We can use even faster processes to further improve the accuracy of timekeeping. But it is difficult to make mechanical oscillators — pendulums, vibrating crystals, or anything else — that can oscillate at such high frequencies. We therefore need some natural oscillator with a very high frequency. For that, we can use atoms because their internal energy can only have certain discrete values and an energy difference between two levels corresponds to a certain frequency of electromagnetic field that can be emitted or absorbed by this energy transition.

On-chip atomic clock.
On-chip atomic clock. (Public domain, source.)

Atomic clocks have two advantages: they are natural oscillators (not human-made) so that atoms of a given species will always oscillate at the same frequency, and they oscillate very fast — billion times a second. There is a price to pay for this precision because, naturally, it is extremely difficult to count individual periods of a system oscillating so fast. It can still be done, though, and such clocks are now the most precise time standards we have — their error is about one second in 100 million years.

Some atomic transitions have even higher frequencies than a few gigahertz which are used in atomic clocks now. Transitions in the optical domain (in contrast to microwave transitions for gigahertz frequencies) oscillate million billion times in a single second. Those oscillations are, of course, even more challenging to count than the oscillations in current atomic clocks. Clocks based on the optical transitions — called optical clocks — are nevertheless being developed and promise incredible accuracy. With optical clocks, it is possible to measure the age of the universe (about 14 billion years) with error smaller than one second!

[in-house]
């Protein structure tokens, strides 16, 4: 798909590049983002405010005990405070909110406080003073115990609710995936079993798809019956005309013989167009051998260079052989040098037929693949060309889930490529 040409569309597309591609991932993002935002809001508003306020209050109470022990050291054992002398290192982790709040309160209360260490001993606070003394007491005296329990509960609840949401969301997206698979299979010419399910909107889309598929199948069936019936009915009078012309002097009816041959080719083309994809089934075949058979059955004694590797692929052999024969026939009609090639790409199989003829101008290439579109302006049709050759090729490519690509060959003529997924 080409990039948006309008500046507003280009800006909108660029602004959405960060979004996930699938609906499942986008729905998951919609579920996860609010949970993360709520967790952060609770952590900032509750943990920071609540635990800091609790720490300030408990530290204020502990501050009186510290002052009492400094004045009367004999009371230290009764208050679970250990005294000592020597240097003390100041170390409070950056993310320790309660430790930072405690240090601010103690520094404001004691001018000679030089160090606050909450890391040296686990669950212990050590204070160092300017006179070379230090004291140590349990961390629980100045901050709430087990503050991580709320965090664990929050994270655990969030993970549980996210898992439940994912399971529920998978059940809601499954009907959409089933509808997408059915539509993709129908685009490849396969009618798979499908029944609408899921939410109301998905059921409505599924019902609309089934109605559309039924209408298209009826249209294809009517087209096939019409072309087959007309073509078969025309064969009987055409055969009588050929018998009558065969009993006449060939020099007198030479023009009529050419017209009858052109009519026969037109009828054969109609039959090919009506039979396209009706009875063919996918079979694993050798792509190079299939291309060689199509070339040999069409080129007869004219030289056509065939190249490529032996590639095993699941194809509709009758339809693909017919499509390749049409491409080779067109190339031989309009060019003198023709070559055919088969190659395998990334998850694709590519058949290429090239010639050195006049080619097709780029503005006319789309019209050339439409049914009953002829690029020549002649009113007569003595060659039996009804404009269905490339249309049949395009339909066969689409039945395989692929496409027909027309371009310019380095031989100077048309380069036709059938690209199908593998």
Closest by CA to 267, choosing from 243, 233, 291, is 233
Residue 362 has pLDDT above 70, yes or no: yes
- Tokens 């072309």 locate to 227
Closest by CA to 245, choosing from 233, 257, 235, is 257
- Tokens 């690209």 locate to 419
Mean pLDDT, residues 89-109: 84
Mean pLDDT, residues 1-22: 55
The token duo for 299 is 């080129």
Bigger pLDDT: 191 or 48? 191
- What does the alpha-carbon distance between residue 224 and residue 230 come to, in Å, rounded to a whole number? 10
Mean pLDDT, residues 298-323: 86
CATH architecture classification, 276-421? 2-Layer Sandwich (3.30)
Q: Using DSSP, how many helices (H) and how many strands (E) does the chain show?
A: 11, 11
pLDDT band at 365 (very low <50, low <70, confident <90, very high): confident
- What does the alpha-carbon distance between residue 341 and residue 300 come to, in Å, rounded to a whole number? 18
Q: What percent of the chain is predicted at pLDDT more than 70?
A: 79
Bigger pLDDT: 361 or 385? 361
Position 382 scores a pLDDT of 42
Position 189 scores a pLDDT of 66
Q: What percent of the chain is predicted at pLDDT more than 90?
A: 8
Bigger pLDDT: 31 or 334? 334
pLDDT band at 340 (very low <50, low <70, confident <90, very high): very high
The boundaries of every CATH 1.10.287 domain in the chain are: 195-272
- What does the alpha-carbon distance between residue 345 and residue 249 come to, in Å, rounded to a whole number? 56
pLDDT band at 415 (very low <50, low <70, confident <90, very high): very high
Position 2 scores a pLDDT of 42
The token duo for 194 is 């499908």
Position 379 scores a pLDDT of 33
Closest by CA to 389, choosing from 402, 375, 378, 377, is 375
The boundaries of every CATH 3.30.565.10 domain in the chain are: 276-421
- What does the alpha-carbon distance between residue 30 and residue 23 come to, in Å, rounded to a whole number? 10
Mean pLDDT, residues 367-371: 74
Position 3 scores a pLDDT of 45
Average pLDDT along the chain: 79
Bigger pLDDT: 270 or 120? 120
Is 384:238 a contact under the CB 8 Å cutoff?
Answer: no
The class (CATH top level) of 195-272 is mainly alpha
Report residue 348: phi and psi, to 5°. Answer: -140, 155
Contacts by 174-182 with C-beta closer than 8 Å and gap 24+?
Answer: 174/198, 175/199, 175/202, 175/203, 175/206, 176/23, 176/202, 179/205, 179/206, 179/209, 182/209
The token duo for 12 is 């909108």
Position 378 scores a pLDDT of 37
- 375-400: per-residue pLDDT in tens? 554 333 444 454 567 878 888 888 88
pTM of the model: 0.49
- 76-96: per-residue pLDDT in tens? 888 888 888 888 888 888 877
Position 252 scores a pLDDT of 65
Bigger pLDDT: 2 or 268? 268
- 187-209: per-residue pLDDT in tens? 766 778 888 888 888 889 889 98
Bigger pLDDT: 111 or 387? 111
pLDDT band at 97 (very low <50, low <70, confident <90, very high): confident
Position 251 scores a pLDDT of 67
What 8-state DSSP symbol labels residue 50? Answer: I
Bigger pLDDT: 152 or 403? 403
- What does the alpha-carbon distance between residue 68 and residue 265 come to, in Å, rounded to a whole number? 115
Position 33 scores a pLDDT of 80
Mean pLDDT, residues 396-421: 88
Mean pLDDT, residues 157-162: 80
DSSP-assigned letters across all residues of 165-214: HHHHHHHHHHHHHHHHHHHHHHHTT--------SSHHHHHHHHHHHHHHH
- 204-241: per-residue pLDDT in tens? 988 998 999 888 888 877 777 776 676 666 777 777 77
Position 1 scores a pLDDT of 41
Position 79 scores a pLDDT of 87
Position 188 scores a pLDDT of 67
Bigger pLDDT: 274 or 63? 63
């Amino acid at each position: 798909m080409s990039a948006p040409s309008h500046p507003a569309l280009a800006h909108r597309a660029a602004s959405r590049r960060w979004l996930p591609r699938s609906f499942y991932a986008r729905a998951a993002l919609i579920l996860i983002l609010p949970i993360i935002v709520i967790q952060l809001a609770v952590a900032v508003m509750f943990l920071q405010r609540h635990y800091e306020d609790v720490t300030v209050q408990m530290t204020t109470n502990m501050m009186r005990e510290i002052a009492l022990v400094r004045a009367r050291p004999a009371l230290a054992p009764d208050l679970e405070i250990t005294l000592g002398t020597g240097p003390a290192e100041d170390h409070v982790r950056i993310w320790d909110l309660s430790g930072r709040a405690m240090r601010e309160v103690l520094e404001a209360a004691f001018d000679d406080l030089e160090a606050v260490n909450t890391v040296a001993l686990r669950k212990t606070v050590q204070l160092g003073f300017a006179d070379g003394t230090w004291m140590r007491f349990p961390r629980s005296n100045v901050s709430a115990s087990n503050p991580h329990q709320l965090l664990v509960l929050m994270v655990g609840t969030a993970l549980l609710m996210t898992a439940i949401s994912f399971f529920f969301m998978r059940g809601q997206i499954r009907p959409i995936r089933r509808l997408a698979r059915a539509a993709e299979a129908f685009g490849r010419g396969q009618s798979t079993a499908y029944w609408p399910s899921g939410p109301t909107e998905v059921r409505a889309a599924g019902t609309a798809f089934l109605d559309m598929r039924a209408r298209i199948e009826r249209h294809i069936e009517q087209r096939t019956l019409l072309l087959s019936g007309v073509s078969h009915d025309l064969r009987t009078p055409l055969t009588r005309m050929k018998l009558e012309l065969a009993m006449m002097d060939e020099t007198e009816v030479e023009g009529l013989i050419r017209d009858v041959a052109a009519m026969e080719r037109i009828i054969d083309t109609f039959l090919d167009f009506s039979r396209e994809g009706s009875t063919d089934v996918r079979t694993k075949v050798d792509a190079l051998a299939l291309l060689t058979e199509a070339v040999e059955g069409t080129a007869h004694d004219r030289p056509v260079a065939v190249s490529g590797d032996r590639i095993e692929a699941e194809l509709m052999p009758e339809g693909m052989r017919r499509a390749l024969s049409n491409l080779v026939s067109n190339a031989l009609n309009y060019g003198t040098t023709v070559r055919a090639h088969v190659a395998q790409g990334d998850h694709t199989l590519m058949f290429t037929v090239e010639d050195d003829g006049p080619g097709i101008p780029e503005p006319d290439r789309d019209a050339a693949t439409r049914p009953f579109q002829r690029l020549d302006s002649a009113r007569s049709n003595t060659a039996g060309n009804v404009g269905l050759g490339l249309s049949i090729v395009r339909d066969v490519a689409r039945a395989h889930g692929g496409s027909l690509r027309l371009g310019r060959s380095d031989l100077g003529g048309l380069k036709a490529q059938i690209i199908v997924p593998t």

What are such highly precise measurements good for? Without well synchronised time across the Earth, internet communication (and any other form of high-speed communication, including mobile phone networks or TV and radio signals) would be much slower. Navigation systems (such as GPS) would not work with a few-metre precision. GPS receivers measure time delay in signals from satellites and determine the position from the delay and positions of the satellites. More precise time means better accuracy of the navigation system.

There are also many scientific applications. With precise time measurements, we can, for instance, test one of the predictions of Einstein’s general relativity which states that the flow of time is affected by a gravitational field. In a strong gravitational field, time passes slower than when the gravity is weaker. The effect is very weak in the conditions on Earth but it still has to be taken into account for satellite systems. Current atomic clocks are, in fact, so precise that this difference in passage of time can be measured in two places that are about ten centimetres above one another.